There are beggars who bug you in the city center and a few homeless people sleeping on the streets and people hawking gum and candies and the like, but things are no worse here than they were in the Philippines. As an expat tourist you can inhabit a different zone than the natives. You can insulate yourself from the city nitty gritty if you want by staying in nice places. In the daytime I feel perfectly safe walking through some of the poorer neighborhoods as I move from my place to the city center. I certainly wouldn’t make the same journey on foot at night. I also speak fluent Spanish so I can give as good as I get when it comes to dealing with pushy touts or beggars with a long sob story. That helps a lot here in Pereira where next to nobody speaks English.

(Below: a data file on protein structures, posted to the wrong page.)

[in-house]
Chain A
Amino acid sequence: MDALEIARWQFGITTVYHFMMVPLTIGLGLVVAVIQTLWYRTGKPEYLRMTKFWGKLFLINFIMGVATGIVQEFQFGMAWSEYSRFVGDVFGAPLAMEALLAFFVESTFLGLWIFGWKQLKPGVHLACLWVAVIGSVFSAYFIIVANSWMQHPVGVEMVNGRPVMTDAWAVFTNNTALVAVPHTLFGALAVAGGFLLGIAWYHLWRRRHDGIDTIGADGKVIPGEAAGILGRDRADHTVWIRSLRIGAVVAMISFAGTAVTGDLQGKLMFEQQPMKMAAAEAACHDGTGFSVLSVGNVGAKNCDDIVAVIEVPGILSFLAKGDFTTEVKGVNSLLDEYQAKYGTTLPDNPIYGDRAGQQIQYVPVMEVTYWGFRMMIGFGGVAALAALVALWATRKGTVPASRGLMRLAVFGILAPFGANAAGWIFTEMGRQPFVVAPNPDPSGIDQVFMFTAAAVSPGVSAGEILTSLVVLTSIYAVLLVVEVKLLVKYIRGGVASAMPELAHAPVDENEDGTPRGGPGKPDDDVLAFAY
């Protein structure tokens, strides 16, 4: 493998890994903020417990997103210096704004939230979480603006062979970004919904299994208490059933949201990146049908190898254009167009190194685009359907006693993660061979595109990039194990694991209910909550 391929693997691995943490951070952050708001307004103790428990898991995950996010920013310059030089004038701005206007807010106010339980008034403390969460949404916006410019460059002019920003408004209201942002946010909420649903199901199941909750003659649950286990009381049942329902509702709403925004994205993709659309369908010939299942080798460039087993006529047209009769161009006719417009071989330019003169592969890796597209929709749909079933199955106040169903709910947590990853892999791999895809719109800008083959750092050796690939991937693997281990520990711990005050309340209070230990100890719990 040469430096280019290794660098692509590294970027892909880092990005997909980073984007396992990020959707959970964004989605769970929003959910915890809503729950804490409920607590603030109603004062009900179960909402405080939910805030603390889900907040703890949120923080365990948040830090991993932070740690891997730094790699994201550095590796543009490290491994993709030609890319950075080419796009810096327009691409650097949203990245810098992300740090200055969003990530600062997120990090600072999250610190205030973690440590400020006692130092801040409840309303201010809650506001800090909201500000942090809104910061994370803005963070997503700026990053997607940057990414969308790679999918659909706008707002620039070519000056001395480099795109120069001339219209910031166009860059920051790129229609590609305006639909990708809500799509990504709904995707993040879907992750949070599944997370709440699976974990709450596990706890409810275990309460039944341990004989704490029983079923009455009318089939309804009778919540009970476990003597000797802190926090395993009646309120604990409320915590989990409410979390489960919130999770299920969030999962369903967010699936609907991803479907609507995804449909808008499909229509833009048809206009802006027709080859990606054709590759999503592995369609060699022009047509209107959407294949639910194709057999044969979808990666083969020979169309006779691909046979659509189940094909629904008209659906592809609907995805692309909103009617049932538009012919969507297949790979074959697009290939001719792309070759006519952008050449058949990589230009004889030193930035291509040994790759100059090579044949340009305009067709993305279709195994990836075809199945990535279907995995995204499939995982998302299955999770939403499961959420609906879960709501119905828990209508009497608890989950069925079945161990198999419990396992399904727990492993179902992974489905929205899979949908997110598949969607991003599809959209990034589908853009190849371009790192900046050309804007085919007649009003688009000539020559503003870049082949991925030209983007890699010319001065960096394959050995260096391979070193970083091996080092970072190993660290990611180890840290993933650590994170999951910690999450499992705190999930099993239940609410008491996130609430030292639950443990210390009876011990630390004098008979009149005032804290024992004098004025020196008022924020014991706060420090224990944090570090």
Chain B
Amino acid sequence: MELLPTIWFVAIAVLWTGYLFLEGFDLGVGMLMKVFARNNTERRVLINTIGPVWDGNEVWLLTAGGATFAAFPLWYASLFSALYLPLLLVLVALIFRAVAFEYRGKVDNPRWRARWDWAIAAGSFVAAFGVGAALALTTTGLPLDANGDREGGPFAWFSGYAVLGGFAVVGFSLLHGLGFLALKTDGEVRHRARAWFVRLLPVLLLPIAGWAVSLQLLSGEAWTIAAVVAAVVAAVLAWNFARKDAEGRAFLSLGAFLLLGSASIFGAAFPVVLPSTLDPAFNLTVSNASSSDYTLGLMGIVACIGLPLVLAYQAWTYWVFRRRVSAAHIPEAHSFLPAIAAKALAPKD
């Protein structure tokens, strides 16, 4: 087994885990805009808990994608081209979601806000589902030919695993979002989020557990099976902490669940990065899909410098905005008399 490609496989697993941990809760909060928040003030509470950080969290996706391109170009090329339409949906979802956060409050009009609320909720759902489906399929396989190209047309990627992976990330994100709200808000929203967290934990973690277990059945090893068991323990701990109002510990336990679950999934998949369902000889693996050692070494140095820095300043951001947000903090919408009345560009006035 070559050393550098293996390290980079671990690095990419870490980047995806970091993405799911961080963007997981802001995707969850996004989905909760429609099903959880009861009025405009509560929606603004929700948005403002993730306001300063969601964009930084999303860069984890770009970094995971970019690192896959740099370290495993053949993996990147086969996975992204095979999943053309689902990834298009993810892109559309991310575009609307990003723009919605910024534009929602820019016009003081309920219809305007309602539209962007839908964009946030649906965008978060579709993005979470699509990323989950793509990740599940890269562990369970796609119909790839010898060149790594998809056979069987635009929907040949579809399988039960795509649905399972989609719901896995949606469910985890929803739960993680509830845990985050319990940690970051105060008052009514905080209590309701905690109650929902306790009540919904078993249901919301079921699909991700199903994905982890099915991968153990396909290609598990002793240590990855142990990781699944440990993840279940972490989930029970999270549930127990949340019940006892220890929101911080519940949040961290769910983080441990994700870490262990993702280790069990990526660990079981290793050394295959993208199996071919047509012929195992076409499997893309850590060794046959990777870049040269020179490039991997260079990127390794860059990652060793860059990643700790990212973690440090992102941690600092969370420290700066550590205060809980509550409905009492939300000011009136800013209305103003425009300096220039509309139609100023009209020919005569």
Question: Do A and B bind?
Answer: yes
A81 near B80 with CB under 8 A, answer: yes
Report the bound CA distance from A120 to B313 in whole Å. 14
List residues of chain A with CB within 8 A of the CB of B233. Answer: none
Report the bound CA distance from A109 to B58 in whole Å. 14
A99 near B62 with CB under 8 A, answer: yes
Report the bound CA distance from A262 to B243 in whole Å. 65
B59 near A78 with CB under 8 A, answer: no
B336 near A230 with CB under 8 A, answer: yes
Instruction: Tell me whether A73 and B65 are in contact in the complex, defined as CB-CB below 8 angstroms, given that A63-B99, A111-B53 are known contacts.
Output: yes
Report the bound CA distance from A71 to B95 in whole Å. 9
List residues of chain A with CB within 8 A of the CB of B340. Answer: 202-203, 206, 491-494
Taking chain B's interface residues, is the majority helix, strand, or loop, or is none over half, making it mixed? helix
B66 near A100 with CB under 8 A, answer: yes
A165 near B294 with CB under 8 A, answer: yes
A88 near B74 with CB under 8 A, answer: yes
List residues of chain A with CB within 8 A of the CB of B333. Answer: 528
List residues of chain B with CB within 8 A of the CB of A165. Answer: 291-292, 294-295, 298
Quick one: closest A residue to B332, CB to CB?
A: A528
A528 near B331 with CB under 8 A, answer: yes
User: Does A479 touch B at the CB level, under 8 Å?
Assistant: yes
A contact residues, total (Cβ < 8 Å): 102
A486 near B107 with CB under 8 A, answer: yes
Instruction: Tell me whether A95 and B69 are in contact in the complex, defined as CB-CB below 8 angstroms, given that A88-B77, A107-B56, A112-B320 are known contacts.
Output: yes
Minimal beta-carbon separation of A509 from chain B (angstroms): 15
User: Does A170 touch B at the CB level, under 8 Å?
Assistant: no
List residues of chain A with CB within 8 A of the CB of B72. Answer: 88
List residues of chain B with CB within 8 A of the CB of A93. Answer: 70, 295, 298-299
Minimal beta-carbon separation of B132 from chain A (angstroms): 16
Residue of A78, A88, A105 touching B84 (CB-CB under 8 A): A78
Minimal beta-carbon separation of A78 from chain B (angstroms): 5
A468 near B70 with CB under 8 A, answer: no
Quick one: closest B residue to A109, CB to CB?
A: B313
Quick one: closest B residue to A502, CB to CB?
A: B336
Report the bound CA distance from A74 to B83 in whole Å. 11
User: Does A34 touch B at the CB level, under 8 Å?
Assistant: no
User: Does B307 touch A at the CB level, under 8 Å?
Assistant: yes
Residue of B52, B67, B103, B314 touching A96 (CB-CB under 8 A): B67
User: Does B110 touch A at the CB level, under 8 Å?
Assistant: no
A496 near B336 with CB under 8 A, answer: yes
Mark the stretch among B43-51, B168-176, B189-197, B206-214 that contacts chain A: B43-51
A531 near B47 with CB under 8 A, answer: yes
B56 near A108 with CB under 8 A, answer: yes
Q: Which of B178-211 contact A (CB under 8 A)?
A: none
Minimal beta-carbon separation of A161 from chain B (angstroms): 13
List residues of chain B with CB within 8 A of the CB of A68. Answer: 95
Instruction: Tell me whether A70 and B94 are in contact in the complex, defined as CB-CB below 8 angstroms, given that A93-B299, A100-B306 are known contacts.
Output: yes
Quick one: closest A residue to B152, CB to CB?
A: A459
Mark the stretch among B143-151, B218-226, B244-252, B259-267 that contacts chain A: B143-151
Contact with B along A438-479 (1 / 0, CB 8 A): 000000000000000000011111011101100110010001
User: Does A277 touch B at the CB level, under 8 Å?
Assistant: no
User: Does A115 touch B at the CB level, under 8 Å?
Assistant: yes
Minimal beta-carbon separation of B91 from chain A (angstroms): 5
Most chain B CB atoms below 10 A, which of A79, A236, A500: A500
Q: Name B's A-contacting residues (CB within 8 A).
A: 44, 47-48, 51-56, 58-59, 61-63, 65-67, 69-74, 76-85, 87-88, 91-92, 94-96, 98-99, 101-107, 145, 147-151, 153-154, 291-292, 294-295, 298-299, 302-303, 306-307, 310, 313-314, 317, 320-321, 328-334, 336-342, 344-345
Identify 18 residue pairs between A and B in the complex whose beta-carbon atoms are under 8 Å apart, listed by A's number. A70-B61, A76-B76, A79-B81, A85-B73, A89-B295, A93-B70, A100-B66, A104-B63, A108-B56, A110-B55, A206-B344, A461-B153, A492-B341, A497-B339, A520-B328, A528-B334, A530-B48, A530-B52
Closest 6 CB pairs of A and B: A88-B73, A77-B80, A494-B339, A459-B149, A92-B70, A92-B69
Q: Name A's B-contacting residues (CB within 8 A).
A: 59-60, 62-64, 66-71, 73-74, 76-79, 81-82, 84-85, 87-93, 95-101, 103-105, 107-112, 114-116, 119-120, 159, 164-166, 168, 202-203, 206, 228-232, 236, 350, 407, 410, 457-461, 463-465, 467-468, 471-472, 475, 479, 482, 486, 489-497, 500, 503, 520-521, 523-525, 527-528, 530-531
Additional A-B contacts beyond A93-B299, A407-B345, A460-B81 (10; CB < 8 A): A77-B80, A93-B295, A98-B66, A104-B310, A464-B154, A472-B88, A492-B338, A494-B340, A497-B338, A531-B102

All that said it’s important to give full credit to Colombia for radically changing its national situation in a relatively short time. I read in one of the blogs I came across that as a tourist the last thing you should talk about is the past — the drug cartels, Pablo Escobar, the guerillas of the FARC groups, etc. etc. Colombians have worked hard to move on and leave that horrid history behind them. I think they’re doing a great job of it. I don’t feel unsafe in Pereira as long as I stick to reasonable behavior that accommodates both the conditions of the city and my own status as an expat tourist. I don’t think I’d feel as safe in New York City, to be perfectly honest.
Transportation and Traffic (and Noise)
When you reach a certain age you gain the right to speak your mind. You also have a free pass to avoid the rigors and inconveniences of public transportation. I planned to have a car for the entire stay — it was my splash-out to make things as much like home as possible so I could enjoy the travel rather than spend all my time figuring out how to get from place to place, which can be a real pain in the patoot.